Monday, September 21, 2015

El Niguel Bridal Affair

Upcoming Bridal Affair Sunday, September 27, 2015 • 11:00am to 2:00pm El Niguel Country Club, in Laguna Niguel. Please RSVP for Complimentary Admission & Parking 949.322.1091 •

Monday, September 14, 2015

The Catering Choice

The Catering Choice... The question of whether or not to use a caterer, a restaurant, or fix your own food is more a matter of choice than cost. It’s difficult to plan, buy food, rent goods, prepare, serve and clean-up after a party and really enjoy going to the party. Friends who could help out prefer to be guests instead of volunteer workers. Caterers are sometimes called “wedding consultants” for good reason. So much of the wedding revolves around the reception and serving your guests that it becomes the all important task of the caterer to see to all the details of the party. It makes little difference if your party is for 50 or 500, your caterer should give you an opportunity to order as many or as few of his/her services as you require or as your budget allows. Do not be bashful — ask what is included! You should expect a complete written quotation covering the selected food, services, and extras you have ordered and their cost. Know in advance what you are getting and the total cost. Be prepared to pay a deposit in advance for the caterer to begin ordering your services, food and servers. A catered rehearsal dinner is an excellent idea. It can be as formal or as casual as your setting and budget dictate. The gift opening party (usually the day after the wedding) is another occasion for which a caterer should be strongly considered. Parents of the bride and groom really have no time to prepare these parties themselves and still enjoy the wedding. A professional caterer will help you plan your menu according to your wishes and budget and can supply almost all of the party needs including table covering, dishes, silver, ice, music, servers and clean-up people. He/she has the experience to really help you present a successful party with very little stress and worry.

Thursday, September 10, 2015

Sunday at the Hyatt, Newport Beach

See you all on Sunday at the Bridal Show, Hyatt in Newport Beach... Please note: Unfortunately, the show in Temecula at the Mt. Palomar Winery has been CANCELED, due to the unbearable heat for an all outdoor event.

Tuesday, September 1, 2015

Enjoy Labor Day weekend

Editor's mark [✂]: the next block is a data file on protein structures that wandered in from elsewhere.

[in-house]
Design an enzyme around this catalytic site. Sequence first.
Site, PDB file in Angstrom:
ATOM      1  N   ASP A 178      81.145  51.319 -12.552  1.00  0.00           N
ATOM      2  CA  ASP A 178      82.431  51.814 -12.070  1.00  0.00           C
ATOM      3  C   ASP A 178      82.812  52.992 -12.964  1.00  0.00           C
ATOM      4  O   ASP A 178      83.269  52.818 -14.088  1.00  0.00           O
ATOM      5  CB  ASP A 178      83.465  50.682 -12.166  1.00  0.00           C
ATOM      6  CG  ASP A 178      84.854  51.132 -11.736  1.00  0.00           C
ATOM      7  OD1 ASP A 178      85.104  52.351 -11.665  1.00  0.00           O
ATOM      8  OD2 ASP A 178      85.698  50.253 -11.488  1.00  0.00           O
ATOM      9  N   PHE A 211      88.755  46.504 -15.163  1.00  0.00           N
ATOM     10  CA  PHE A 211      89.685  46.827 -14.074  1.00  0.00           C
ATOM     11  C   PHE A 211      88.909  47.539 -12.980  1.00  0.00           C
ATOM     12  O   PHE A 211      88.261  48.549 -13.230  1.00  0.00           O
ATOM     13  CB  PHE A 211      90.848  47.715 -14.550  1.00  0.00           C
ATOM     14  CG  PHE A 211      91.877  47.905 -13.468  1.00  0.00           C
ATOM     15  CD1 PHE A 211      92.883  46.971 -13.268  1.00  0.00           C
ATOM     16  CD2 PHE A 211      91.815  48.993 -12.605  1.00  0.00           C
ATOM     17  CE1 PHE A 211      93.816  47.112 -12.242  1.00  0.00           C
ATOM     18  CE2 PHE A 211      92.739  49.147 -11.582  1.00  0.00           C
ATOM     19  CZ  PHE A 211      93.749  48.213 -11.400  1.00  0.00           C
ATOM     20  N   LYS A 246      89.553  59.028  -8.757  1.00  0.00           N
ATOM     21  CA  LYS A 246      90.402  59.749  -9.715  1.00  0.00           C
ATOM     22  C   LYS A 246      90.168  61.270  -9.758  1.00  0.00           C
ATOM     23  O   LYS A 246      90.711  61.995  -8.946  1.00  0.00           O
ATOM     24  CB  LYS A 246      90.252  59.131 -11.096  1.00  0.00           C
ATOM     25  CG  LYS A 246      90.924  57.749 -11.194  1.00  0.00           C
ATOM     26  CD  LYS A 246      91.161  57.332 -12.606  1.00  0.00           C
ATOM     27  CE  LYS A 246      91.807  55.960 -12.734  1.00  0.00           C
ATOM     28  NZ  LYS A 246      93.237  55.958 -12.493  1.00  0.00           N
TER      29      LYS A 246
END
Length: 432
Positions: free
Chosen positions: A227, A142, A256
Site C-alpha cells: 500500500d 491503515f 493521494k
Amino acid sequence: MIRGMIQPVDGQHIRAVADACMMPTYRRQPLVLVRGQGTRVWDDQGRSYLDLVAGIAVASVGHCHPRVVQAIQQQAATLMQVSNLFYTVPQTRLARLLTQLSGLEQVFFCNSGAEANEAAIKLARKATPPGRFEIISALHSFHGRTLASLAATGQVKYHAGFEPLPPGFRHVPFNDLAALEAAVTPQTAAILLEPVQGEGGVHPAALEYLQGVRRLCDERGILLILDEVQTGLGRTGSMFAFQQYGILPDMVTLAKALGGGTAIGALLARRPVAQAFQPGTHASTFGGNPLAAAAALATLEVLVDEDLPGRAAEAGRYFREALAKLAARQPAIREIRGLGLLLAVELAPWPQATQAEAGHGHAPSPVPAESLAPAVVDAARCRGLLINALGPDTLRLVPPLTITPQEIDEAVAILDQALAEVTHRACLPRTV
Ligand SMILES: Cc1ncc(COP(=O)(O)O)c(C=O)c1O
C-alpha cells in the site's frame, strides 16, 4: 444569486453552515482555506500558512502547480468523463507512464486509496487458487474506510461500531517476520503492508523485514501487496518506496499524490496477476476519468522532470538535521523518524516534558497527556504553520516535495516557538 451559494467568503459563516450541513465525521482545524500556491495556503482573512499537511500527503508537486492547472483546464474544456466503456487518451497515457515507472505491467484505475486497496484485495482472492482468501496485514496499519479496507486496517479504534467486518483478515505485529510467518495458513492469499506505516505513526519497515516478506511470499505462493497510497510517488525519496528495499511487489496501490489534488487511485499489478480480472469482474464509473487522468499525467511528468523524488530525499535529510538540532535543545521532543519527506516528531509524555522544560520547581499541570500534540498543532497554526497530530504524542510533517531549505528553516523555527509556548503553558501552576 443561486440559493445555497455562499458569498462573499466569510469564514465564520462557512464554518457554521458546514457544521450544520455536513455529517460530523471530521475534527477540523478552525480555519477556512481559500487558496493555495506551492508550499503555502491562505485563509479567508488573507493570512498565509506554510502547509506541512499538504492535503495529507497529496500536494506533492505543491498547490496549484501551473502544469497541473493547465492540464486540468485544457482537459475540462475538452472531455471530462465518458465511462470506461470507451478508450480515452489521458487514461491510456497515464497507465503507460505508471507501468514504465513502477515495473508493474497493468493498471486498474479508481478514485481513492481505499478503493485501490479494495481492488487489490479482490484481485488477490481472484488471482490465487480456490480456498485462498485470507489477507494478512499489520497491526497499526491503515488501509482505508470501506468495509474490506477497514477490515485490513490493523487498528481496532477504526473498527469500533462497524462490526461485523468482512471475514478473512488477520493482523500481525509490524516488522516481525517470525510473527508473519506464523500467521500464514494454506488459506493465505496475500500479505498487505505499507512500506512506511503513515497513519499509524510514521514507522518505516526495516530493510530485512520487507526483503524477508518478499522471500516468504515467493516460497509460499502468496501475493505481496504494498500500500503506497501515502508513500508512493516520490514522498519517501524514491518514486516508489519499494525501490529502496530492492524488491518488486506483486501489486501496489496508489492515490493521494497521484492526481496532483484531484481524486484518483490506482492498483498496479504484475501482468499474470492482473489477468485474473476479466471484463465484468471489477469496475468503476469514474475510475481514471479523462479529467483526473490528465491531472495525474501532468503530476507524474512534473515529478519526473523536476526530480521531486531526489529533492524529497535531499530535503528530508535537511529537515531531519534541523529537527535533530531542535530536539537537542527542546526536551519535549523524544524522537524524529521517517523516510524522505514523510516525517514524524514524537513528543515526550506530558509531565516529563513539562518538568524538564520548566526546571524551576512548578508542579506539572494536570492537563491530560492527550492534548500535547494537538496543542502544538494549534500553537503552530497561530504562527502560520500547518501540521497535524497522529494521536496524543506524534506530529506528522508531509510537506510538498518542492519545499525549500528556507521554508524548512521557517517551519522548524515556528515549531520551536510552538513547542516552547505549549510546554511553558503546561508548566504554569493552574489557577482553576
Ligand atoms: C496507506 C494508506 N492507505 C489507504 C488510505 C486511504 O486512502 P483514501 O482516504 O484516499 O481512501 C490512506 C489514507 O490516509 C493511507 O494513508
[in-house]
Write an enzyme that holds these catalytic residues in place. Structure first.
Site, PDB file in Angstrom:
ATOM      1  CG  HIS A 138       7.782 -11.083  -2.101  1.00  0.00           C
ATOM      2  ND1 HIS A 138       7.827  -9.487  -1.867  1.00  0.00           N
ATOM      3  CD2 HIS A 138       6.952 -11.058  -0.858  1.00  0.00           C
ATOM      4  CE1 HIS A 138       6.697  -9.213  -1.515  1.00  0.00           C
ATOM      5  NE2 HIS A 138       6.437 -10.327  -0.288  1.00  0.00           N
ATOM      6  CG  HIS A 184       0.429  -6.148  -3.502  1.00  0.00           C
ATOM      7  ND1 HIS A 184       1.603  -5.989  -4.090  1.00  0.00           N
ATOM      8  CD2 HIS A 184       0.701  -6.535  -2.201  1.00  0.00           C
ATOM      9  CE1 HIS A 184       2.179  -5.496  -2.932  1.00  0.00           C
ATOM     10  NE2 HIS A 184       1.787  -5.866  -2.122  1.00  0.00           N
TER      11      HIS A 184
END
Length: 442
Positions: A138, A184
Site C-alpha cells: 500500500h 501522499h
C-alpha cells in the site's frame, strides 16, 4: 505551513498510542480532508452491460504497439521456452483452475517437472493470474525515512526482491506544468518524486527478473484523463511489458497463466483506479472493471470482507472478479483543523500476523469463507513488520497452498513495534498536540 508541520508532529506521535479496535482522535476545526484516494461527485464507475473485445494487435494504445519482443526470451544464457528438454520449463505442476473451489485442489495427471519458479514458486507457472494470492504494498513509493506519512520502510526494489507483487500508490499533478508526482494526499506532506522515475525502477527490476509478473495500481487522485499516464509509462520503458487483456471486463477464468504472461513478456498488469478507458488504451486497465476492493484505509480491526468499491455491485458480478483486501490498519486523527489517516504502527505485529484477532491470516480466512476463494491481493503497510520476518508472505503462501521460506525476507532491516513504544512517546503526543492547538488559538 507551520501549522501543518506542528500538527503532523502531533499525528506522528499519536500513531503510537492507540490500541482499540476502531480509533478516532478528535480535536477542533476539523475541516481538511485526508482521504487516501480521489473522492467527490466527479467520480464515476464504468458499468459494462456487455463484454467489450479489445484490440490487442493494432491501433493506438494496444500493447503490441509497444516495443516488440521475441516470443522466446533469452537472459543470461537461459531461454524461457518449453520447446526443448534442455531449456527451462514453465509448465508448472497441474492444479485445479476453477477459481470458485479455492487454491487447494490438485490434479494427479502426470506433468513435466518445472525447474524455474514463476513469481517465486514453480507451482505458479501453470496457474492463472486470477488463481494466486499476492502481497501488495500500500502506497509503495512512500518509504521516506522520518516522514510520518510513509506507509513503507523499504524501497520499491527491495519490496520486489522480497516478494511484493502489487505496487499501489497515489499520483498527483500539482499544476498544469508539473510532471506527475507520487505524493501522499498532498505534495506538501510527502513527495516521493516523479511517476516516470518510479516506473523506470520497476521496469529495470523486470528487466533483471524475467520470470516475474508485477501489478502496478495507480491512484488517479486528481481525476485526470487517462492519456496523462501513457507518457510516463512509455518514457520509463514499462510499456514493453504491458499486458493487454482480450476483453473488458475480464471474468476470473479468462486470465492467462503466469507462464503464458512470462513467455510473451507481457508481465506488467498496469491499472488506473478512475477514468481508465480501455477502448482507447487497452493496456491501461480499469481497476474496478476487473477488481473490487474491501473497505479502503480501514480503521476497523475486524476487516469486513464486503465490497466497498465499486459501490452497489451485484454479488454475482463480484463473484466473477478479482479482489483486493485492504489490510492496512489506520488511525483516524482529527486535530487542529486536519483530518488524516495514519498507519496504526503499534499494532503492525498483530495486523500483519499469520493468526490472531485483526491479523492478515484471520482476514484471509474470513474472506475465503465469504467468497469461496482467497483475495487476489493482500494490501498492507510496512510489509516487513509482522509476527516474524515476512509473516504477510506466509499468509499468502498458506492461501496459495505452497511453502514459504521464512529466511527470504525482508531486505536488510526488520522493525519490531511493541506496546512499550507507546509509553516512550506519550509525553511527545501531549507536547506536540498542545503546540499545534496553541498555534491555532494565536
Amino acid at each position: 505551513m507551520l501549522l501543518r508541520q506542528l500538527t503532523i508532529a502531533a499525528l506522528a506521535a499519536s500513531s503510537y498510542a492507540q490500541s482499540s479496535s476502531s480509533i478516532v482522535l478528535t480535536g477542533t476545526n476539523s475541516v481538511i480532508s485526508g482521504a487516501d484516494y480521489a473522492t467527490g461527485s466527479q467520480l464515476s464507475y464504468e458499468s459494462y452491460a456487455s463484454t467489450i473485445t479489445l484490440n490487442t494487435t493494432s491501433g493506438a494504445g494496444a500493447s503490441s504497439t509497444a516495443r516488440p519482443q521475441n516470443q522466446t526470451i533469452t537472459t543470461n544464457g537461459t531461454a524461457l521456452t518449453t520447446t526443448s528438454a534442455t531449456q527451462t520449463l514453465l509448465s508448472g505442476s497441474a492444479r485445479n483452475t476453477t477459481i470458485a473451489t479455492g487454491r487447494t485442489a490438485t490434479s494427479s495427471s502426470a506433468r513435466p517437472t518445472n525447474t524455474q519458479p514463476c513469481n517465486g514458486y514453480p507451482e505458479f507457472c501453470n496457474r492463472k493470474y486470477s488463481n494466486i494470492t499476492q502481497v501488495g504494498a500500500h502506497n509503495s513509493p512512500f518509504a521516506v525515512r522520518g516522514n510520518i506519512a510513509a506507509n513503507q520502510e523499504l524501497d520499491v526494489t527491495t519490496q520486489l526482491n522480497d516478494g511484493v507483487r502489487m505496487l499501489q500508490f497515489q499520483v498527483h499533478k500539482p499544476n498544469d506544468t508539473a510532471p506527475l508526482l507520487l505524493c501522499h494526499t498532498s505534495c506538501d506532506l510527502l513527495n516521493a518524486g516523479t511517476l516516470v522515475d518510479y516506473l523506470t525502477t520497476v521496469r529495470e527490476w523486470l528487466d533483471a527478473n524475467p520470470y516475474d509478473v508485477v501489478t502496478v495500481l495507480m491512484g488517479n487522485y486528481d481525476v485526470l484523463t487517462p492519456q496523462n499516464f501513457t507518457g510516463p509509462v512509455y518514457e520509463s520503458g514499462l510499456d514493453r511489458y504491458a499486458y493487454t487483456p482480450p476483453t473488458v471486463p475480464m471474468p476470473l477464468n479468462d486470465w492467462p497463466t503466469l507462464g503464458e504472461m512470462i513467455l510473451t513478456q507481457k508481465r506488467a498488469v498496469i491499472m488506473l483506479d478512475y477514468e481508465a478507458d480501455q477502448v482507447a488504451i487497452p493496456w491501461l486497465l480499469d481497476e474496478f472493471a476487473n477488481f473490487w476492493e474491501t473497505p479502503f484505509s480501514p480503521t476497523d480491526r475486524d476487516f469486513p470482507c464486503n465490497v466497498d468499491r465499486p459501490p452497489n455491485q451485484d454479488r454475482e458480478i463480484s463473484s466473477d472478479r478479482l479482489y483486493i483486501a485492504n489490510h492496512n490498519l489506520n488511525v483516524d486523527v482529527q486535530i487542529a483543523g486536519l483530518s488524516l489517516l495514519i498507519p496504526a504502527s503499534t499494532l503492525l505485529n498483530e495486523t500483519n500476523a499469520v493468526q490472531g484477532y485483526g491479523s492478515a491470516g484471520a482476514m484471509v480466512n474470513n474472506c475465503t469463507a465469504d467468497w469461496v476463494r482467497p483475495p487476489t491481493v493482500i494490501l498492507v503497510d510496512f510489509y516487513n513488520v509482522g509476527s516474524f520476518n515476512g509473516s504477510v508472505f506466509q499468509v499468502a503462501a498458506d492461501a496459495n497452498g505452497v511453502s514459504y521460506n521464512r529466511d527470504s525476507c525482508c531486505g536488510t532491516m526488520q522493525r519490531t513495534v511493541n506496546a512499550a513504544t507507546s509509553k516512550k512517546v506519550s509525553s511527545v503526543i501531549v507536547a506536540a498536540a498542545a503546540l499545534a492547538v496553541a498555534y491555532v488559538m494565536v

The History of Labor Day Labor Day: How it Came About; What it Means Labor Day, the first Monday in September, is a creation of the labor movement and is dedicated to the social and economic achievements of American workers. It constitutes a yearly national tribute to the contributions workers have made to the strength, prosperity, and well-being of our country. Labor Day Legislation Through the years the nation gave increasing emphasis to Labor Day. The first governmental recognition came through municipal ordinances passed during 1885 and 1886. From these, a movement developed to secure state legislation. The first state bill was introduced into the New York legislature, but the first to become law was passed by Oregon on February 21, 1887. During the year four more states — Colorado, Massachusetts, New Jersey, and New York — created the Labor Day holiday by legislative enactment. By the end of the decade Connecticut, Nebraska, and Pennsylvania had followed suit. By 1894, 23 other states had adopted the holiday in honor of workers, and on June 28 of that year, Congress passed an act making the first Monday in September of each year a legal holiday in the District of Columbia and the territories. Founder of Labor Day The father of labor day More than 100 years after the first Labor Day observance, there is still some doubt as to who first proposed the holiday for workers. Some records show that Peter J. McGuire, general secretary of the Brotherhood of Carpenters and Joiners and a cofounder of the American Federation of Labor, was first in suggesting a day to honor those "who from rude nature have delved and carved all the grandeur we behold." But Peter McGuire's place in Labor Day history has not gone unchallenged. Many believe that Matthew Maguire, a machinist, not Peter McGuire, founded the holiday. Recent research seems to support the contention that Matthew Maguire, later the secretary of Local 344 of the International Association of Machinists in Paterson, N.J., proposed the holiday in 1882 while serving as secretary of the Central Labor Union in New York. What is clear is that the Central Labor Union adopted a Labor Day proposal and appointed a committee to plan a demonstration and picnic. The First Labor Day The first Labor Day holiday was celebrated on Tuesday, September 5, 1882, in New York City, in accordance with the plans of the Central Labor Union. The Central Labor Union held its second Labor Day holiday just a year later, on September 5, 1883. In 1884 the first Monday in September was selected as the holiday, as originally proposed, and the Central Labor Union urged similar organizations in other cities to follow the example of New York and celebrate a "workingmen's holiday" on that date. The idea spread with the growth of labor organizations, and in 1885 Labor Day was celebrated in many industrial centers of the country. We wish everyone a safe and enjoyable Labor Day weekend, with very little work!